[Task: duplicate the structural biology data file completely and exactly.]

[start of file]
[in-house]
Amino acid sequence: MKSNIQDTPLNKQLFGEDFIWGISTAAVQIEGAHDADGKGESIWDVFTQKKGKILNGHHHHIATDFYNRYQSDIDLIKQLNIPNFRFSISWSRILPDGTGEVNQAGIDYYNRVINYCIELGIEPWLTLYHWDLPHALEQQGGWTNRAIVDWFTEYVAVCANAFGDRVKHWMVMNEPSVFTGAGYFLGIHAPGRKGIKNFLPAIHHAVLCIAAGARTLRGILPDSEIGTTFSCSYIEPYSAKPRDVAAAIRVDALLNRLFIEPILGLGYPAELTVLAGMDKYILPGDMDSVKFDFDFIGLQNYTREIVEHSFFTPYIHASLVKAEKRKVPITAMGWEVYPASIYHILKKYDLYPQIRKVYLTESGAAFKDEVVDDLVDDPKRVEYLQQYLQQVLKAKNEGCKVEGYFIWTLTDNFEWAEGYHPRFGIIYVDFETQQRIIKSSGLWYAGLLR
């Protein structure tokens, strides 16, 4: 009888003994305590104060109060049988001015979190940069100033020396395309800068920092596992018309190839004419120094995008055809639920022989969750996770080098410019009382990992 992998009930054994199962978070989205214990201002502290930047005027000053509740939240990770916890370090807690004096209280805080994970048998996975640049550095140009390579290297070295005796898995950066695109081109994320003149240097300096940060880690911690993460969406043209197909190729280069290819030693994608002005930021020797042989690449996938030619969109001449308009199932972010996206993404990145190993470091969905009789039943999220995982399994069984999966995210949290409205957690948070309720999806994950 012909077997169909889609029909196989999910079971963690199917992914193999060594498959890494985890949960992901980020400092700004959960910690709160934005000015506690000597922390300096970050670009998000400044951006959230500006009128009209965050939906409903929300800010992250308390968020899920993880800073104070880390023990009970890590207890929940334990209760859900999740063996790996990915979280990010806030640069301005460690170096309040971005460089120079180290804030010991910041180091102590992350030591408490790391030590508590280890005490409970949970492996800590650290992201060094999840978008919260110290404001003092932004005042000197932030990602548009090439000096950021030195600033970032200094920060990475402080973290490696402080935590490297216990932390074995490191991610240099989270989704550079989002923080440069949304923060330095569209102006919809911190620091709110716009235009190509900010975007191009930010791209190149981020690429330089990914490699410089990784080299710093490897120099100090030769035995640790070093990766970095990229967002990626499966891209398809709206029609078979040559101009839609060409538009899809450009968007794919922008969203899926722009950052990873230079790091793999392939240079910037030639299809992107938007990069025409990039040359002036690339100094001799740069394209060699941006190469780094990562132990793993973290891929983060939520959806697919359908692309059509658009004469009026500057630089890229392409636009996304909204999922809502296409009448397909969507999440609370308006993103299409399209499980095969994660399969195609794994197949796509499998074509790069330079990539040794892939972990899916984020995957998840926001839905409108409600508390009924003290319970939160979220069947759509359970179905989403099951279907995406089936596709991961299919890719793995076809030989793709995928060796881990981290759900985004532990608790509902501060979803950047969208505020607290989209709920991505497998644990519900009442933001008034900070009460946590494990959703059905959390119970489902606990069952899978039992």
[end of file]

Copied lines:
[in-house]
Amino acid sequence: MKSNIQDTPLNKQLFGEDFIWGISTAAVQIEGAHDADGKGESIWDVFTQKKGKILNGHHHHIATDFYNRYQSDIDLIKQLNIPNFRFSISWSRILPDGTGEVNQAGIDYYNRVINYCIELGIEPWLTLYHWDLPHALEQQGGWTNRAIVDWFTEYVAVCANAFGDRVKHWMVMNEPSVFTGAGYFLGIHAPGRKGIKNFLPAIHHAVLCIAAGARTLRGILPDSEIGTTFSCSYIEPYSAKPRDVAAAIRVDALLNRLFIEPILGLGYPAELTVLAGMDKYILPGDMDSVKFDFDFIGLQNYTREIVEHSFFTPYIHASLVKAEKRKVPITAMGWEVYPASIYHILKKYDLYPQIRKVYLTESGAAFKDEVVDDLVDDPKRVEYLQQYLQQVLKAKNEGCKVEGYFIWTLTDNFEWAEGYHPRFGIIYVDFETQQRIIKSSGLWYAGLLR
């Protein structure tokens, strides 16, 4: 009888003994305590104060109060049988001015979190940069100033020396395309800068920092596992018309190839004419120094995008055809639920022989969750996770080098410019009382990992 992998009930054994199962978070989205214990201002502290930047005027000053509740939240990770916890370090807690004096209280805080994970048998996975640049550095140009390579290297070295005796898995950066695109081109994320003149240097300096940060880690911690993460969406043209197909190729280069290819030693994608002005930021020797042989690449996938030619969109001449308009199932972010996206993404990145190993470091969905009789039943999220995982399994069984999966995210949290409205957690948070309720999806994950 012909077997169909889609029909196989999910079971963690199917992914193999060594498959890494985890949960992901980020400092700004959960910690709160934005000015506690000597922390300096970050670009998000400044951006959230500006009128009209965050939906409903929300800010992250308390968020899920993880800073104070880390023990009970890590207890929940334990209760859900999740063996790996990915979280990010806030640069301005460690170096309040971005460089120079180290804030010991910041180091102590992350030591408490790391030590508590280890005490409970949970492996800590650290992201060094999840978008919260110290404001003092932004005042000197932030990602548009090439000096950021030195600033970032200094920060990475402080973290490696402080935590490297216990932390074995490191991610240099989270989704550079989002923080440069949304923060330095569209102006919809911190620091709110716009235009190509900010975007191009930010791209190149981020690429330089990914490699410089990784080299710093490897120099100090030769035995640790070093990766970095990229967002990626499966891209398809709206029609078979040559101009839609060409538009899809450009968007794919922008969203899926722009950052990873230079790091793999392939240079910037030639299809992107938007990069025409990039040359002036690339100094001799740069394209060699941006190469780094990562132990793993973290891929983060939520959806697919359908692309059509658009004469009026500057630089890229392409636009996304909204999922809502296409009448397909969507999440609370308006993103299409399209499980095969994660399969195609794994197949796509499998074509790069330079990539040794892939972990899916984020995957998840926001839905409108409600508390009924003290319970939160979220069947759509359970179905989403099951279907995406089936596709991961299919890719793995076809030989793709995928060796881990981290759900985004532990608790509902501060979803950047969208505020607290989209709920991505497998644990519900009442933001008034900070009460946590494990959703059905959390119970489902606990069952899978039992």